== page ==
Kofta Curry with Green Peppers


This may be a recipe for kofta or meatball curry but really, it too had its origins in trying desperately to use up my vegetable garden bounty. The curry was made with a lot of tomato and with green Carmen peppers that had not yet turned/begun to ripen before the first killing frost a week ago. Carmen peppers turn a lovely scarlet colour when fully ripe but are also quite sweet and very tasty when green. The koftas were made here with ground beef (from Goette Farms) but you can use ground lamb or goat or even turkey (keema and koftas being the best ways for turkey to shine in the Indian kitchen in my experience). The large amount of tomato used makes the curry quite tangy and the flavour of the green peppers matches it well. It’s a pretty quick and simple preparation—largely because I don’t bother frying the koftas first—and rather tasty. Continue reading

Kofta “Curry”

Kofta Curry

Beef Kofta Curry

I noted in my #GrapeGate post yesterday that I would have a recipe for turkey koftas today and here it is; or at least here’s a recipe for a kofta curry made with turkey. I guess you could serve it at Thanksgiving but frankly I don’t recommend making this with turkey at all (though don’t be surprised if you see this listed as Minnesota’s Thanksgiving dish in the NY Times next year). It’s what I used because ground turkey is what we had in the fridge. It’s much better made with ground goat or lamb or even beef; turkey is much too lean which can result in koftas/meatballs that are too tightly compacted or dry (there’s no bread or milk added to the meat in Indian meatball preps that I know of). I made this with what’s at hand because that’s what home cooks do—if you’re going to go shopping to make this then get fattier meat.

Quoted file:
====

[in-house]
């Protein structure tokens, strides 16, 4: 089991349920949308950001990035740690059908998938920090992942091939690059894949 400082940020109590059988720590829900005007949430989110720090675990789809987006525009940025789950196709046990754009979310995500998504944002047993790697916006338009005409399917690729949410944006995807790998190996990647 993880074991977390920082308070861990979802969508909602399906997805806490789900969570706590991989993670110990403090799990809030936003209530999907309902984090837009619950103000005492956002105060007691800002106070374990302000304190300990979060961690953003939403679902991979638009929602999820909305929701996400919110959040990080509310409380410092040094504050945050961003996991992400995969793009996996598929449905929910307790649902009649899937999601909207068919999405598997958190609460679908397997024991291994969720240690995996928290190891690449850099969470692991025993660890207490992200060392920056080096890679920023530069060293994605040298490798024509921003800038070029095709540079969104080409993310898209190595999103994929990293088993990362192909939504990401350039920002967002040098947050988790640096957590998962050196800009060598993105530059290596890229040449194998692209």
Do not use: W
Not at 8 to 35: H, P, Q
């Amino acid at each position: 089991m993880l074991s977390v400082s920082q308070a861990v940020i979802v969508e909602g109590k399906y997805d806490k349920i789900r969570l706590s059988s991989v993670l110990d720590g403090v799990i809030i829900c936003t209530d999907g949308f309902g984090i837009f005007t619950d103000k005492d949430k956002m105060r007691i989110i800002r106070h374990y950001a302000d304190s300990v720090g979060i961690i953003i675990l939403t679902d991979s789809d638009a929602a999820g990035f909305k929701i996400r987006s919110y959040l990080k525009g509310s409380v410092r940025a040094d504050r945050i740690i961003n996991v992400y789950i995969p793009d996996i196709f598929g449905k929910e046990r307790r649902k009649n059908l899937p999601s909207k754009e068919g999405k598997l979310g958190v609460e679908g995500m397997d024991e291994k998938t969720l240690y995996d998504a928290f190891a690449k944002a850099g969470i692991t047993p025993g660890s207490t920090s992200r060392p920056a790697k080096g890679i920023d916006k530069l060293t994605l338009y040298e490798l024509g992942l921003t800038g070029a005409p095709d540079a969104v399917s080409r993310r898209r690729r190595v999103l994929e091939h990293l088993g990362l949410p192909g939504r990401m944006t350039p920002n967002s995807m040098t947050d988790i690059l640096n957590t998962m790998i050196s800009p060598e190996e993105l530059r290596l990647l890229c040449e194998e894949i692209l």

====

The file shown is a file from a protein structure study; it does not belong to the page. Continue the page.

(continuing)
By the way, I put curry in quotes up top because it’s kind of a word of convenience. Indians usually use it to refer to dishes with a lot of sauce. In the West, of course, “curry” or “curried” is used more broadly to refer to anything made with vaguely Indian spices. And, by the way, what is referred to as sauce in the West is usually called gravy in Indian English; “sauce” is mostly our word for ketchup. Anyway, on to the recipe! (This time with more pictures.)
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